One of the main groups representing Australia’s business community has called the Federal Government’s plan to bring forward an Emissions Trading Scheme “flawed”, “rushed” and called for the Productivity Commission to get involved.

The Business Council of Australia would like to see a smooth transition in carbon policy, which does not too heavily impact their figures.  

In a statement this week, Business Council of Australia (BCA) Chief Executive Jennifer Westacott said; “more work needs to be done to address the high cost Australia is paying now to reduce its emissions... lowering the carbon price is an urgent priority but the fact remains, as a result of government policy, businesses are still likely to be paying one of the highest carbon prices in the world for up to another year... rushing to a flawed emissions trading scheme in isolation from a proper debate about national energy policy will not be effective in Australia contributing to reducing global carbon emissions.”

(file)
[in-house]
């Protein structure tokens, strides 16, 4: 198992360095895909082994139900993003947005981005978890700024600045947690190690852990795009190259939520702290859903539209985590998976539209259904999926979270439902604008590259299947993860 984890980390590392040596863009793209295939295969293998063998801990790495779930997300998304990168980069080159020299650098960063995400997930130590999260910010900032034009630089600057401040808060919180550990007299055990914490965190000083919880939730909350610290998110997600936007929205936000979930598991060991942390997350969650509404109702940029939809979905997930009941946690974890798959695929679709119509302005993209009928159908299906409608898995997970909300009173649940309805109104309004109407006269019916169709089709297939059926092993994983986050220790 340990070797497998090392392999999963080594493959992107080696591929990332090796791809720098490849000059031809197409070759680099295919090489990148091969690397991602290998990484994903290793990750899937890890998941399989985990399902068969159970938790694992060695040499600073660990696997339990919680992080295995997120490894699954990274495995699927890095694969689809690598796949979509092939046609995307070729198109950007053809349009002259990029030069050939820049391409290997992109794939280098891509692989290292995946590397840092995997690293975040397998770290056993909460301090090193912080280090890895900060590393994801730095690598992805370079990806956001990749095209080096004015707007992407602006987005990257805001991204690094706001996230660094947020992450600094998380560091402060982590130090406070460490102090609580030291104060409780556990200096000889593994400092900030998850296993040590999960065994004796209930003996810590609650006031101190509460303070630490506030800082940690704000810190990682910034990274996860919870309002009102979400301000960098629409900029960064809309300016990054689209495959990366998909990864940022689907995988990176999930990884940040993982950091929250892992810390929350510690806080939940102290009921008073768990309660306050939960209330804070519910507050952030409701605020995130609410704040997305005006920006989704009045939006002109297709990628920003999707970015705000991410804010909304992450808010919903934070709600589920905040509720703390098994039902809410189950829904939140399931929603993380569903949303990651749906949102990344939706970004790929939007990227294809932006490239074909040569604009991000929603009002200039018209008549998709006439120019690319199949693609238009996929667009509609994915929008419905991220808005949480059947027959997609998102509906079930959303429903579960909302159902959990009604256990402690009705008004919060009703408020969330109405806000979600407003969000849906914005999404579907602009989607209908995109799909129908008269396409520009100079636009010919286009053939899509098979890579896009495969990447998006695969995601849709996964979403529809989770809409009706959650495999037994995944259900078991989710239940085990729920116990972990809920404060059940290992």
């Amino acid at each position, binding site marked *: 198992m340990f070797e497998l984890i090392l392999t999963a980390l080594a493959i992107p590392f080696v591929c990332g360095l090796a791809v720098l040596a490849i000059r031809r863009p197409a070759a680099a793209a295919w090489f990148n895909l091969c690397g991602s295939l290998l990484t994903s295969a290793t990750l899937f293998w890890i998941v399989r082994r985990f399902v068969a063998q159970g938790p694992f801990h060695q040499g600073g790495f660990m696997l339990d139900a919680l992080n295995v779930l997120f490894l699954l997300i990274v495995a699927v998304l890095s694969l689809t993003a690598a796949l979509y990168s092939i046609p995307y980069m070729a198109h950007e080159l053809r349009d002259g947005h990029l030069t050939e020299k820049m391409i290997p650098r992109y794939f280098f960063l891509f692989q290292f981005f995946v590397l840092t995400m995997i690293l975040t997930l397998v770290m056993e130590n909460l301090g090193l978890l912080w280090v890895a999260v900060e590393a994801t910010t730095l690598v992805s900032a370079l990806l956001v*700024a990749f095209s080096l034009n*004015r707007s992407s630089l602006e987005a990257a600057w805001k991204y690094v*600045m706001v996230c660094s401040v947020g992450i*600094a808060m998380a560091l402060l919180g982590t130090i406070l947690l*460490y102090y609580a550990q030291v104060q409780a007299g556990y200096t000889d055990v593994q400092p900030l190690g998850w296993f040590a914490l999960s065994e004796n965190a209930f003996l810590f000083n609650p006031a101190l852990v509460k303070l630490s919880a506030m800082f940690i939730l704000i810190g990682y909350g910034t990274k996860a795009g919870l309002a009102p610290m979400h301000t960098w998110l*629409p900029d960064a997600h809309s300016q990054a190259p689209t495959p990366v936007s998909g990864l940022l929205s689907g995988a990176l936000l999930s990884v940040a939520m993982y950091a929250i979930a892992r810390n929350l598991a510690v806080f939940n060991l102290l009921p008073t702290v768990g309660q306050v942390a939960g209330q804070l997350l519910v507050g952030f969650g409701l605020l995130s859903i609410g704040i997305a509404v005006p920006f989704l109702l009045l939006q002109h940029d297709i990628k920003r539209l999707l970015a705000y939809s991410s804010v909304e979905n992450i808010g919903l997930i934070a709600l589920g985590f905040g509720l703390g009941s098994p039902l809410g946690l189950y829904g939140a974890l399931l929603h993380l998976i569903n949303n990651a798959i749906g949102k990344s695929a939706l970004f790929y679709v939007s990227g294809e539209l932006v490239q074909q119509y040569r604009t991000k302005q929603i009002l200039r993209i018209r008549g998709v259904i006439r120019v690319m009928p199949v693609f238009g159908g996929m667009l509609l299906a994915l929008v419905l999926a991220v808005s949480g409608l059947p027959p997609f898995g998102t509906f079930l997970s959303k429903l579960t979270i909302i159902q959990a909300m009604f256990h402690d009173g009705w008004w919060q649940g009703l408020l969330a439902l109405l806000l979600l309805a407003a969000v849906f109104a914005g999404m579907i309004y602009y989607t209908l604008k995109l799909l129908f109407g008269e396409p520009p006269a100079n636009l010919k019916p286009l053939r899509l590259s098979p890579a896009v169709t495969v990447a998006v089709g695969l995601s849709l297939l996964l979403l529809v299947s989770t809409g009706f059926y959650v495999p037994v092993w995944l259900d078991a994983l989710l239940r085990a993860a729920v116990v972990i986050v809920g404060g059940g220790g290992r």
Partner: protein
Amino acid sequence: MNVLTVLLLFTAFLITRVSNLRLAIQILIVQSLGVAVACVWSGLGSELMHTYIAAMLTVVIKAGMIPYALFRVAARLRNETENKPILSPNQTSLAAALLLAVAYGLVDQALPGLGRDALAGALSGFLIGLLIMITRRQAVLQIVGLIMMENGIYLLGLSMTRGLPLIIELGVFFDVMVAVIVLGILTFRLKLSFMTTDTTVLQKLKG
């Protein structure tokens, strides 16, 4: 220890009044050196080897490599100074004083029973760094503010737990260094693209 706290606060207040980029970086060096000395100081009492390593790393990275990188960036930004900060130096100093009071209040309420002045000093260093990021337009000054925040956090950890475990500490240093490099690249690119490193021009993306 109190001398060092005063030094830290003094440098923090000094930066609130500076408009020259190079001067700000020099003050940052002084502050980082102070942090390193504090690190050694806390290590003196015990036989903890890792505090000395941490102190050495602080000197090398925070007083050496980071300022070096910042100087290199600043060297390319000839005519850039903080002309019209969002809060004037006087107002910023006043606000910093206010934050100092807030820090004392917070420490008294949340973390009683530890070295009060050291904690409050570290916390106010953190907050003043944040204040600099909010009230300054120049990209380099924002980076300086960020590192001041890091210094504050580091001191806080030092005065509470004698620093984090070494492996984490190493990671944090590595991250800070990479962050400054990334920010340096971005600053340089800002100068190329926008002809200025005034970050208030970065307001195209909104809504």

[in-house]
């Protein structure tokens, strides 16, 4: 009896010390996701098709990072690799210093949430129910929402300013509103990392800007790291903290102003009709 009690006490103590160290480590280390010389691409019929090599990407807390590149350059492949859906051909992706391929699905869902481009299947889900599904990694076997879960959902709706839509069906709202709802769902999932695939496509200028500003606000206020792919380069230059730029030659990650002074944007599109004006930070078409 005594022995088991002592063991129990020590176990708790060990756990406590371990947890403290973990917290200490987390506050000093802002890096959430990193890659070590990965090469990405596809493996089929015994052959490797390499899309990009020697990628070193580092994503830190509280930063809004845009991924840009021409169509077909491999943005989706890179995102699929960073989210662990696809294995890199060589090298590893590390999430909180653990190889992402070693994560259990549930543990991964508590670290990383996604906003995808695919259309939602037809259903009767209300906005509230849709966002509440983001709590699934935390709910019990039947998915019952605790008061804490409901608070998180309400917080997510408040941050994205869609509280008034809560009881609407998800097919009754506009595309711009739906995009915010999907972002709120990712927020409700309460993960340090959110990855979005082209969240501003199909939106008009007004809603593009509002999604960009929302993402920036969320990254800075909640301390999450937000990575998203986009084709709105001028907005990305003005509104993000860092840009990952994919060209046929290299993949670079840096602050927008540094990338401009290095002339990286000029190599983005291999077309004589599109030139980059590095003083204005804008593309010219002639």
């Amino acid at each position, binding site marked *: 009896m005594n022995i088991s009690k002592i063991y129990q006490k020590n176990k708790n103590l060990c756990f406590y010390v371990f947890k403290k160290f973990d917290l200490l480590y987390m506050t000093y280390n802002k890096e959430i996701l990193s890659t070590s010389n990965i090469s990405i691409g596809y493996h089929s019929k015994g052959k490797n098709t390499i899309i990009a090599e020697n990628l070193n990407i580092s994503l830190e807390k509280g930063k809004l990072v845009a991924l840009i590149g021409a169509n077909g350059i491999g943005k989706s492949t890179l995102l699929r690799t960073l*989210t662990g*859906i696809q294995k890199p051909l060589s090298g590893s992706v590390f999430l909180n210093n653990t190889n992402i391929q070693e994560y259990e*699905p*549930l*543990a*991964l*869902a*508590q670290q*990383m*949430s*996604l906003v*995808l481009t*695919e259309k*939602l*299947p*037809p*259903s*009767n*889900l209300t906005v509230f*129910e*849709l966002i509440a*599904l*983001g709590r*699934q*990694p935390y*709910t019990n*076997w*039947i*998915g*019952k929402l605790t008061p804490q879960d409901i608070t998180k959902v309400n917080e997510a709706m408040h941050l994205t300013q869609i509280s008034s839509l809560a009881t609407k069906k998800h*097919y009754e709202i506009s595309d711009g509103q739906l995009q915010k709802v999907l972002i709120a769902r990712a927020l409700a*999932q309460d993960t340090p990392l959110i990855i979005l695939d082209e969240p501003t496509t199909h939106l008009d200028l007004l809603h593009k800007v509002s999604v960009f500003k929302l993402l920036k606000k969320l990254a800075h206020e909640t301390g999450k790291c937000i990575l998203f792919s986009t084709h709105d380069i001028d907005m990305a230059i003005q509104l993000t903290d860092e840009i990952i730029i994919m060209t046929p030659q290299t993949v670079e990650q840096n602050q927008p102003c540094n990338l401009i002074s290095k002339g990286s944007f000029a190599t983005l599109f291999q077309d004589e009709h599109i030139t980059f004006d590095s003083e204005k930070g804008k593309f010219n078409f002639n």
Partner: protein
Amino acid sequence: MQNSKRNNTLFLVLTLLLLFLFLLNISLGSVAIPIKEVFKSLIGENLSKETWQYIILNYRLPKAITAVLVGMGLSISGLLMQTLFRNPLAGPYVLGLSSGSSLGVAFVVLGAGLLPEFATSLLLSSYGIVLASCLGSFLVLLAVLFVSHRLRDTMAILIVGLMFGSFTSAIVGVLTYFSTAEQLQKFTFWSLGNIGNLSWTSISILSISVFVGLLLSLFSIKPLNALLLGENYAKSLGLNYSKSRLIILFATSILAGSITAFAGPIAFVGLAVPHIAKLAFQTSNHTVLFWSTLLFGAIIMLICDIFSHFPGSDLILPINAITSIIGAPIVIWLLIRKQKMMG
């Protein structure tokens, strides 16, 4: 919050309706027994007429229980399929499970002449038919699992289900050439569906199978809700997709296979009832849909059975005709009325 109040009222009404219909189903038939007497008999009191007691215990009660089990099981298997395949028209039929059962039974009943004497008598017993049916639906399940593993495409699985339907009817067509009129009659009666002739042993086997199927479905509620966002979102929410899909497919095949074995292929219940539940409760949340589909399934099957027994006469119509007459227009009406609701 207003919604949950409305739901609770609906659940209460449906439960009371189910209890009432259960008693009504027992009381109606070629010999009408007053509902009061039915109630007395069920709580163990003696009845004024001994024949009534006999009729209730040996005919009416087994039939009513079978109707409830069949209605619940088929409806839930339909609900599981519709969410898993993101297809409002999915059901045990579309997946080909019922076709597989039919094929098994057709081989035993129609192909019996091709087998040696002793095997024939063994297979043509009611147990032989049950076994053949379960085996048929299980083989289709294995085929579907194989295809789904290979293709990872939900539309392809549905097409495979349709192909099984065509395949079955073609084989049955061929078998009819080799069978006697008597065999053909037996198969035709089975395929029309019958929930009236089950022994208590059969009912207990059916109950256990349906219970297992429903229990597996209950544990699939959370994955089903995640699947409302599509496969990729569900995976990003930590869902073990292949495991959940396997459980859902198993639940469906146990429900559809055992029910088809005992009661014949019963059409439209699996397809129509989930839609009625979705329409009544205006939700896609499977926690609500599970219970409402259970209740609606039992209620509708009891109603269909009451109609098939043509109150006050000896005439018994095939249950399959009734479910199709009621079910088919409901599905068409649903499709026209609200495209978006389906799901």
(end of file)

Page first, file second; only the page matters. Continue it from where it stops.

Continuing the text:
The BCA believe the planned emissions trading scheme does not include the critical safeguards necessary to maintain industry competitiveness, or to ensure Australia’s action remains in line with the rest of the world. It says in the time between now and when the changes take effect on July 1, 2014 the Productivity Commission should be asked to step in and advise one the best way to lower the carbon price without impacting businesses.

“We should ask the Productivity Commission to advise on the most effective approach to achieve a competitive, low emissions economy,” Ms Westacott said, “a Productivity Commission review would enable an independent assessment of emissions reduction policies, including whether an emissions trading scheme is the best approach in the absence of progress on international negotiations to date.”